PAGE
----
Letter to the Night

We are
A distance

The door opens

Walking backwards

Shutting doors

Asleep, on

Your dreams
Are blank

I am
An ocean

Later, the

Gulls circle
Then plummet

Into your

While I breathe

Into a paper

And let it

On the wind


If I Were Conrad Black

If I were Conrad Black I’d be a
corpse glittering
on the slopes of a far-off
or a carpet of
dead kicked underneath
a humming.

If I were Conrad Black
I’d remember every
facial muscle
or column of fresh white
goose flesh
bathed in the fading light
of an apartment.

If I were Conrad Black
the slightest
or camera shutter
would twist my
frightened horses.

Pictured from left to right:
Matthew and Diane
Conrad Hilary Barbara
and Galen

It’s not hard to imagine
a stiletto wound in the centre
of each of our friends.

Exist only
to be smooth-faced or cragged
scarred or scraped-free
of inconvenience or


I Don’t Want To Be Indulged

Maybe I am a ghost sitting up in a log cabin
Or looking out the window
Maybe I am a ghost wondering
If I believe in myself
And using electromagnetic vibrations
To phone someone
And I am whispering something that can’t be heard
About wanting to prove that nothing is real


It’s cold, but the day is bright and the air clear. I’m sitting in a field, behind a long row of trees that block my view of the road (St. Clair). The reason it’s so cold, probably, is because of the wind, which keeps the trees constantly in motion.

A woman interviewing for a job (on her cell phone) moves from a table near me, in the shade, to one in the sun. I am not keeping close tabs on her, but as I look up, to confirm the preceding sentence, I see that she has moved again, alighting on a park bench further away from the second table, where two people have gathered. She’s very far away, now.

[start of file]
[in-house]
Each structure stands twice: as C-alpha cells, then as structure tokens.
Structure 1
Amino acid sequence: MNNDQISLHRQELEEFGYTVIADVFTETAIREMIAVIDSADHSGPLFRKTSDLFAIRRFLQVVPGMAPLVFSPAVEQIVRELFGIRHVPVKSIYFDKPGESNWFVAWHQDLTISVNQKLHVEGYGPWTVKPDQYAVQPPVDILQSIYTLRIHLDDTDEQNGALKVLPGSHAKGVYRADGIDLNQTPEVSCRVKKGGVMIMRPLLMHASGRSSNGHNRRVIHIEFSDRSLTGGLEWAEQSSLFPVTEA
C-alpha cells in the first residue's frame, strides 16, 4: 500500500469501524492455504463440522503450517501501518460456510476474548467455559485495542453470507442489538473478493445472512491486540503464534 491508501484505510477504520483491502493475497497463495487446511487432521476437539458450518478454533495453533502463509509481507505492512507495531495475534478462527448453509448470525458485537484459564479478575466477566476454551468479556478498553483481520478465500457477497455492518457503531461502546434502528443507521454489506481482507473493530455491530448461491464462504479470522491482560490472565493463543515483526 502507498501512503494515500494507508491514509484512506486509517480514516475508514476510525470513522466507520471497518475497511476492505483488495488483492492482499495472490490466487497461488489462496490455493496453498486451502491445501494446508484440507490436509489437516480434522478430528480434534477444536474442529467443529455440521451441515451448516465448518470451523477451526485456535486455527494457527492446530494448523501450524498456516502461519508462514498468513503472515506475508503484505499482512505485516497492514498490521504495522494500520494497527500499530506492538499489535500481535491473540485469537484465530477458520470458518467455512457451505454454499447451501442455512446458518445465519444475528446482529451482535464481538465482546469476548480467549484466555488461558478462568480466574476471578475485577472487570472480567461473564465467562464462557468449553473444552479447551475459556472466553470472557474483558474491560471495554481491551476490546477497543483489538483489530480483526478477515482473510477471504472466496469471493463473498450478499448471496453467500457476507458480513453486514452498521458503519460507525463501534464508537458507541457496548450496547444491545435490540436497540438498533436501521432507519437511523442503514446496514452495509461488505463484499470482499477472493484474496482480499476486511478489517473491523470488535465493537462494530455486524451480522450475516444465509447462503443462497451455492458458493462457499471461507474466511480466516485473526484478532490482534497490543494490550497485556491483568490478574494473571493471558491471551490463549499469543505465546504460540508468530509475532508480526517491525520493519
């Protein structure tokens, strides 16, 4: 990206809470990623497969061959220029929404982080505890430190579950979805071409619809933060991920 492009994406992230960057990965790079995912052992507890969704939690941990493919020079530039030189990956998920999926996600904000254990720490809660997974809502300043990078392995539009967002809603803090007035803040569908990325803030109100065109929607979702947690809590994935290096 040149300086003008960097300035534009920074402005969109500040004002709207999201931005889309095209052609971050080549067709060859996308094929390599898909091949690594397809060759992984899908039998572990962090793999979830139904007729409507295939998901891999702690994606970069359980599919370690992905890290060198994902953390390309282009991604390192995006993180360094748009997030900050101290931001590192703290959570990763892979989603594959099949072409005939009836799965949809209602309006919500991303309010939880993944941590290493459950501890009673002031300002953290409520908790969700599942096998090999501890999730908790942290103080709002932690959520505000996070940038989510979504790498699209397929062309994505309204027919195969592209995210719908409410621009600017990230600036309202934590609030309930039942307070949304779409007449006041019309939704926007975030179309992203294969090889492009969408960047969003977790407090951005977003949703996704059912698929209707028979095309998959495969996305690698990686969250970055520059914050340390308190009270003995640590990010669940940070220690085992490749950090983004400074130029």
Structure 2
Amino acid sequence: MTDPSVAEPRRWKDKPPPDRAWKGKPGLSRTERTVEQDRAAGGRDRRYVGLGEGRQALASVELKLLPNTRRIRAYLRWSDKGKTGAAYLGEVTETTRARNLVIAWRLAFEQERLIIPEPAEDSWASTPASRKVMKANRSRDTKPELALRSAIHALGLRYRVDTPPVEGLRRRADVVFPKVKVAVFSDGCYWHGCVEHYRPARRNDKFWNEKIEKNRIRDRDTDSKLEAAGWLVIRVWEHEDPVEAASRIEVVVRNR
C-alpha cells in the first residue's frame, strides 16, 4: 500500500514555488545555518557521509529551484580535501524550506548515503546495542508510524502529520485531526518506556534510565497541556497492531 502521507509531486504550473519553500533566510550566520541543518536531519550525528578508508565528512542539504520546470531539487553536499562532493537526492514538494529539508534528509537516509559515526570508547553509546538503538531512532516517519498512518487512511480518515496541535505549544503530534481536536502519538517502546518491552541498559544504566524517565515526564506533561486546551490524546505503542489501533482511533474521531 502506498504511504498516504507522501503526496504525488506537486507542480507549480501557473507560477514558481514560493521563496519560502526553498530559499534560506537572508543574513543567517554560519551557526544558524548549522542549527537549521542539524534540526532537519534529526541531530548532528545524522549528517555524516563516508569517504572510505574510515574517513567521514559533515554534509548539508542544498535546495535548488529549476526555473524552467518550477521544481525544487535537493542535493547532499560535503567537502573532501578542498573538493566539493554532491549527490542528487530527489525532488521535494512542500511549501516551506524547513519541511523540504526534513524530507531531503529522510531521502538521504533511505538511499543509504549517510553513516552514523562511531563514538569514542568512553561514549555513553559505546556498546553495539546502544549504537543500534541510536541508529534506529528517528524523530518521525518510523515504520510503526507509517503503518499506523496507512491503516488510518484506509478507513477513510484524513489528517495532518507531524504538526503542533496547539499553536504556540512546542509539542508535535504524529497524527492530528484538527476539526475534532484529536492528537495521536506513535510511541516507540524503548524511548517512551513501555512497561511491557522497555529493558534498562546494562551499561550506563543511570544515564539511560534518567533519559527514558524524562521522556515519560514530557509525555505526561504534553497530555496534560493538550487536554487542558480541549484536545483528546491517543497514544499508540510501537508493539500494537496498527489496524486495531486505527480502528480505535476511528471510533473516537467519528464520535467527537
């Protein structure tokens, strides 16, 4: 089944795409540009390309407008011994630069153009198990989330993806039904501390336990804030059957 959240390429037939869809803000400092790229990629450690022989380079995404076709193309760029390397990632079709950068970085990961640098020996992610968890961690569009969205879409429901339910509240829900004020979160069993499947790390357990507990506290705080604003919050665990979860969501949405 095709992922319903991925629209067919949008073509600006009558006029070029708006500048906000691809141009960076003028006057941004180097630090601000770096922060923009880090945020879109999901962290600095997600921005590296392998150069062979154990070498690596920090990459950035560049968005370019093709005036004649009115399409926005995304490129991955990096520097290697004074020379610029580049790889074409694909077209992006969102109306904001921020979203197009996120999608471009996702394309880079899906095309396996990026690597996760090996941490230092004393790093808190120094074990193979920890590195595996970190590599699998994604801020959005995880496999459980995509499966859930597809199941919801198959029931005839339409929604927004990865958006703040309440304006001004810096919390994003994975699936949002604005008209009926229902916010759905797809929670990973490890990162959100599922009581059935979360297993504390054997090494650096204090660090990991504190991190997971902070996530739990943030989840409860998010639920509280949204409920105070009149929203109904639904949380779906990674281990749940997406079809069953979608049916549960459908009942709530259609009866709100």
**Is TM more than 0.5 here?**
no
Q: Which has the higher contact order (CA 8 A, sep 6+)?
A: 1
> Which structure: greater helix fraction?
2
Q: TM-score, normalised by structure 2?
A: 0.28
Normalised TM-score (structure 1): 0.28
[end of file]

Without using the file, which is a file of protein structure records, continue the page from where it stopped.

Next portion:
I don’t know if anything I wrote yesterday is true. My therapist, today, raised the question of whether or not “acting like an aristocrat” isn’t just intellectualizing my sadness, in other words another way of putting it aside. I think that’s right, but I felt better writing that blog entry than I think I would have distracting myself with anything else. Even if I’m wrong, it’s worth it, I think, for the feeling of productivity, and to engage with my feelings on any level. My writing, anyway, can always be revised.

She also wondered whether sadness can really be “noble”. I agree with her that sadness is a feeling like any feeling and that it should not be fetishized or prized above others. I think I feel that it is noble to express sadness because sadness isn’t a feeling I’ve had much familiarity expressing; I may feel, even though I know it’s wrong, that the reception to sadness is necessarily hostile.


Now I’m working in a museum in the middle of the country (volunteering). Do I know enough now to write, “Today he worked at the museum, a quiet museum that was often empty”? Or, now that I am working at a museum, will it become too difficult to refer to museums, will museums come to occupy a place of special importance and personal significance, as well as becoming banal and unimpressive, as all things do, when they become routine? Will I no longer be able to write about museums, at least quiet museums, until many years have passed and my life has changed and the time I worked at a museum passed into fiction? (Or into a kind of fiction?)